The word ‘regional’ is a loaded one. It carries baggage. As theatre journalist Catherine Love wrote in a recent column for Exeunt, it’s “a tag that risks being used to imply something limited, something insular and blinkered, perhaps even something quaintly pastoral.”
At its bluntest it can be used to mean ‘not London’, something outside and other, but to read it this way is too ignore the fact that London is a place of limits too, especially in outlook, and to be honest there are times when it can feel as insular and bubble-like as the Edinburgh Fringe at its most fevered.
To be truly regional, on the other hand, is to be rooted in a particular place and part of a wider community, alert to the specific needs of an audience. Regional theatre, at its best, is responsive, supporting local artists to create work which perhaps wouldn’t – or couldn’t – be made in the capital.
Regional theatre, at its best, is responsive, supporting local artists to create work which perhaps wouldn’t – or couldn’t – be made in the capital.
Another of the preconceptions of regional theatre is that it’s a bit stiff, cycling through the same old shows, always playing catch up, but this is – of course – also far from true. Speaking to Roxana Silbert, the incoming artistic director of the Birmingham Rep, following the launch of their centenary season at Soho Theatre earlier this month, she repeatedly stressed the need to keep on questioning the role of what a regional theatre can and should be in the UK today. In her view, a theatre like the Rep “should be constantly evaluating and changing in order to reflect the social and political landscape.” This idea of reflection, for her, went hand in hand with one of support and development – of local talent, emerging or otherwise – and of duty, to the audience and the artist, to create work that was both “excellent and diverse.”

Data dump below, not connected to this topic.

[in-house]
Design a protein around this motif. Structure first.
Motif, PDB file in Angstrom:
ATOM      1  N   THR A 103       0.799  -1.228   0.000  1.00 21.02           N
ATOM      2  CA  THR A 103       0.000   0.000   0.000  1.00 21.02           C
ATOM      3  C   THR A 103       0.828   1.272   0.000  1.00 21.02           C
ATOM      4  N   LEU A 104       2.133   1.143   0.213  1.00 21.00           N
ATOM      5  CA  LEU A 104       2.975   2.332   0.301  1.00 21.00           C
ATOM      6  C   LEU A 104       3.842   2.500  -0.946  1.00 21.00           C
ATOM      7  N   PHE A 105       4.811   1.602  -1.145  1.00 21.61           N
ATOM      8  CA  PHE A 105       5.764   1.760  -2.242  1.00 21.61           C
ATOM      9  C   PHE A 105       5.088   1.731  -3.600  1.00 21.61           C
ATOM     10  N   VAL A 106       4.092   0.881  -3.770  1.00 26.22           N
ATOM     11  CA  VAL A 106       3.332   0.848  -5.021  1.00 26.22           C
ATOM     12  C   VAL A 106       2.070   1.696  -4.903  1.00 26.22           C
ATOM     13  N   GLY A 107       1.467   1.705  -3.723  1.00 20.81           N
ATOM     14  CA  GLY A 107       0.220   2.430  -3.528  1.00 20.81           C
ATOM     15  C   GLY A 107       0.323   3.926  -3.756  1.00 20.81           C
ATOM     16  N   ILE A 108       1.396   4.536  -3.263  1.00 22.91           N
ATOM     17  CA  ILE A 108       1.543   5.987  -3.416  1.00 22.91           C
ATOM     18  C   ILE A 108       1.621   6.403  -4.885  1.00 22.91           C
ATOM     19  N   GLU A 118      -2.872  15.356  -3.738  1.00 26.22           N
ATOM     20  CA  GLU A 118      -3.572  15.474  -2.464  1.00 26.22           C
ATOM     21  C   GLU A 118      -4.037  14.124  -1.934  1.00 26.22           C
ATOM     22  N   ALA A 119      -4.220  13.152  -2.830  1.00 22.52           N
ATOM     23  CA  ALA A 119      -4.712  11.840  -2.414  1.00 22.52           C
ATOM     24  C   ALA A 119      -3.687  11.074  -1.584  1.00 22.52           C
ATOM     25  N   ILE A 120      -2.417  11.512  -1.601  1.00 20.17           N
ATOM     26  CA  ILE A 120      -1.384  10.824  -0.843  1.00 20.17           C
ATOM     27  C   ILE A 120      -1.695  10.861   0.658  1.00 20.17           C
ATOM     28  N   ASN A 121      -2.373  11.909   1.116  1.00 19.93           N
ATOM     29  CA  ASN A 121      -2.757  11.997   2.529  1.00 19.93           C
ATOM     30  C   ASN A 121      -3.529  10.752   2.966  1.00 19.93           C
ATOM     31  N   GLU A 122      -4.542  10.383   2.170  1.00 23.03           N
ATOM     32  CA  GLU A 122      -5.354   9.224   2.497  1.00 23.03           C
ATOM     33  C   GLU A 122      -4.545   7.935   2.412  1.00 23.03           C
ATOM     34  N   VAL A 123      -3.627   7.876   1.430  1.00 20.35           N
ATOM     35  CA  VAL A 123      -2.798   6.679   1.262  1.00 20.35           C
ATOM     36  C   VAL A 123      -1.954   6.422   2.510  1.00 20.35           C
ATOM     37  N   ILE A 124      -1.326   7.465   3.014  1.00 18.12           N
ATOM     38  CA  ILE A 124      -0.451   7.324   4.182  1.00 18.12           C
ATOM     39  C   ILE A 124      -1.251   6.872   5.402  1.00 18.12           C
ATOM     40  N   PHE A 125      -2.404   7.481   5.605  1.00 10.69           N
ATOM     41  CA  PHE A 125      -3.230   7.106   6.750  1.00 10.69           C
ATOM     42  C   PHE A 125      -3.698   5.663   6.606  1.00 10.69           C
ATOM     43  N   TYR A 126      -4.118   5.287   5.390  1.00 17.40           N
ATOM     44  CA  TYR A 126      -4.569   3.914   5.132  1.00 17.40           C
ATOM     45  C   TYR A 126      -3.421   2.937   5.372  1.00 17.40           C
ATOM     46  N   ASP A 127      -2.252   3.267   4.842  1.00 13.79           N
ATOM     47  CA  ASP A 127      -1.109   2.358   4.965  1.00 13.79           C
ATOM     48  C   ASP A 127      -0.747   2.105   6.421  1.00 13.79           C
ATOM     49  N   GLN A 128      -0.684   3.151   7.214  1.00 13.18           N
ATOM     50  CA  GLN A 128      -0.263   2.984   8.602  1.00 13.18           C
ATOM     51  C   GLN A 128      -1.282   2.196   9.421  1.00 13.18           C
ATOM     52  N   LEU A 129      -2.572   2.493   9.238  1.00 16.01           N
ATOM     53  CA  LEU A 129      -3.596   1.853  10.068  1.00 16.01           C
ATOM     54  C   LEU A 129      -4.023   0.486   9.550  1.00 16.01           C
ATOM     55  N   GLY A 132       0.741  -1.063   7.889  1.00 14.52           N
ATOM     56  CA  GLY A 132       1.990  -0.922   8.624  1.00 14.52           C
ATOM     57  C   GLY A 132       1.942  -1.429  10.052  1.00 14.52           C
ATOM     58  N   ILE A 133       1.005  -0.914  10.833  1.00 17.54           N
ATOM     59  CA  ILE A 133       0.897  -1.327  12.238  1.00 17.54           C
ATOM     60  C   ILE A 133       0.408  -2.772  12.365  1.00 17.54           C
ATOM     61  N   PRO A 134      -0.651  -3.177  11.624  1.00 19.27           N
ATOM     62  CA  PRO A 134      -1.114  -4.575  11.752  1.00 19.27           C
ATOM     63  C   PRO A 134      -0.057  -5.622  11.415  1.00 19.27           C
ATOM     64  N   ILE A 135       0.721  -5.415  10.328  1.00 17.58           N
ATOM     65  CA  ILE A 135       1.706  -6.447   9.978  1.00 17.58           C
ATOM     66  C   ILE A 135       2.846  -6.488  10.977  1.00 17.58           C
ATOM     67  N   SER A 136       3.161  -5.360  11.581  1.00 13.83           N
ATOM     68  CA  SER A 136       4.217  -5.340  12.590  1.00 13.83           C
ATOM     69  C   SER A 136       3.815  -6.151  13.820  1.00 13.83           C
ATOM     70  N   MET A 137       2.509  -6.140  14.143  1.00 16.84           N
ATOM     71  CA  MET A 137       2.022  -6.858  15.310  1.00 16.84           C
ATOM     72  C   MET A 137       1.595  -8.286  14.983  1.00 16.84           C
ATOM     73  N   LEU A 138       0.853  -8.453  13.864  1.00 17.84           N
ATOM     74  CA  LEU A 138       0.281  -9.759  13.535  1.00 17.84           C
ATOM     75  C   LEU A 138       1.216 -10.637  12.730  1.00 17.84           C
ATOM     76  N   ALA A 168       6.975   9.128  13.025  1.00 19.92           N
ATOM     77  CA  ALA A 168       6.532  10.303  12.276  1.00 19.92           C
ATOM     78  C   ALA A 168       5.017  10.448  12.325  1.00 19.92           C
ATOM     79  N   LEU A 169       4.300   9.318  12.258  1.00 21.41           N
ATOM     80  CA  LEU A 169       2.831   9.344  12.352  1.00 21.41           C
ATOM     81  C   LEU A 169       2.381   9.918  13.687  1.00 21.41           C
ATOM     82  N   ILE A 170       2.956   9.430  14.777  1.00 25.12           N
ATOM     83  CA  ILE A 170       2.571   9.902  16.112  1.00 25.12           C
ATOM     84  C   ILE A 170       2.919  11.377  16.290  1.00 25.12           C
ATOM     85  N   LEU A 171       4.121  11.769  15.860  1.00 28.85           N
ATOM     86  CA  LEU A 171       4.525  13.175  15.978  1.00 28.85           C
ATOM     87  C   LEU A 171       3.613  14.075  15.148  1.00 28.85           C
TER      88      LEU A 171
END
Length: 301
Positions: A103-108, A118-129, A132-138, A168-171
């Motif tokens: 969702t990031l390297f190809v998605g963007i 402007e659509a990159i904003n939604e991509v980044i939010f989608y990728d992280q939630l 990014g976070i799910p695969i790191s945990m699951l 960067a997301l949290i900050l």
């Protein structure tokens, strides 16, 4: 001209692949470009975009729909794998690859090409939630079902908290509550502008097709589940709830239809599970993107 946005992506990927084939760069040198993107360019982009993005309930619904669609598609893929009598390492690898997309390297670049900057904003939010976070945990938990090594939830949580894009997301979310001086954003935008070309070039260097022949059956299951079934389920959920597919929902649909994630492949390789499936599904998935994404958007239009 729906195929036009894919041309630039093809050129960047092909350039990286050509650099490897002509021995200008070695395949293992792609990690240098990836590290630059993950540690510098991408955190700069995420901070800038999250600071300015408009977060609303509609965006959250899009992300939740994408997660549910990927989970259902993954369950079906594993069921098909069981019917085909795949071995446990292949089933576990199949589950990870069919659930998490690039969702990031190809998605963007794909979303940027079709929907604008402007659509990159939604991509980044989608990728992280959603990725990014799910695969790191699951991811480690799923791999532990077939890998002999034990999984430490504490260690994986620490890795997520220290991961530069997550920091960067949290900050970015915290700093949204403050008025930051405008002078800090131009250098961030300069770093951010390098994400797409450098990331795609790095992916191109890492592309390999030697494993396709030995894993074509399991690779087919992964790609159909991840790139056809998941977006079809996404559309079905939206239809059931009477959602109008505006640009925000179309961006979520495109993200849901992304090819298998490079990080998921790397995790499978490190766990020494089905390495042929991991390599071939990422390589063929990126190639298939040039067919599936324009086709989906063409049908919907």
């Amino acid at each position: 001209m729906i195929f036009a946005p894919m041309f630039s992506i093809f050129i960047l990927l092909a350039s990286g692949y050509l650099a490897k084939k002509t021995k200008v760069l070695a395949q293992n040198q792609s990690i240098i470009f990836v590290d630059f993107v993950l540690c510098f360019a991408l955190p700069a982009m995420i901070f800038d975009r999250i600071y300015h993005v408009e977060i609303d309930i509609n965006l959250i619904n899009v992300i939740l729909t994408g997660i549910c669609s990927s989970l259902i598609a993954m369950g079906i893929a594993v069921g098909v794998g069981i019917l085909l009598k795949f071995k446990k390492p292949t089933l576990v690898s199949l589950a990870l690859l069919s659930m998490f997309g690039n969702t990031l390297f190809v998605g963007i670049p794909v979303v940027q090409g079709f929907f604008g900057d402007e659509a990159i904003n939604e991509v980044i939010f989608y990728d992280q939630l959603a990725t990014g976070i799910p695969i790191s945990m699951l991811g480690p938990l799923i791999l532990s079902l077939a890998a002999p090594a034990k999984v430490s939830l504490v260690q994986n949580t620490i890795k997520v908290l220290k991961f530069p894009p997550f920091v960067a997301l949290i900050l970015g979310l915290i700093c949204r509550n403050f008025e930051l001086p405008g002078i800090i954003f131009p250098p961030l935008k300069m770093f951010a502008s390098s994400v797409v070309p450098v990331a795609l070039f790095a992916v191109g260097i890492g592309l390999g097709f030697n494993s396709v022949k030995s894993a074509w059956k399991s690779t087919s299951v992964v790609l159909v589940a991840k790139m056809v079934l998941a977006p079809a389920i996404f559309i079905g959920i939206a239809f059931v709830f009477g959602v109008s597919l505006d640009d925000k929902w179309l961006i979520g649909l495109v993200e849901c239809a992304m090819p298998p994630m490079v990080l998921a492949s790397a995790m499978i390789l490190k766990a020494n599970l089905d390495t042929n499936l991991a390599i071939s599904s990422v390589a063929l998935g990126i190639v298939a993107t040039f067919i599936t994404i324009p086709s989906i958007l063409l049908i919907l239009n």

One of the things she mentioned that really resonated was the number of artists working with the venue now whose formative theatre experiences were at the Rep. This sense of continuity is truly heartening; this idea of people returning to the site of their first theatre memories and creating those memories for a new generation of theatregoers.
Built in 1766, the Bristol Old Vic has a history even longer than that of the Rep. The playhouse – which reopened this month, after a lengthy period of renovation, with a production of John O’Keefe’s Wild Oats – has been reinvigorated under Tom Morris’ artistic directorship and refurbished for the 21st century, its 18th century layout informing its current design. With both these venues there’s a real sense that as alive as they are to the weight of their past, their primary aim is to create work that chimes, a mixture of the innovative and the trusted. The first production under Silbert’s tenure will be a Philip Pullman adaptation: which potentially means more memories created, more people inspired, and as a model for regional theatre this seems more than healthy.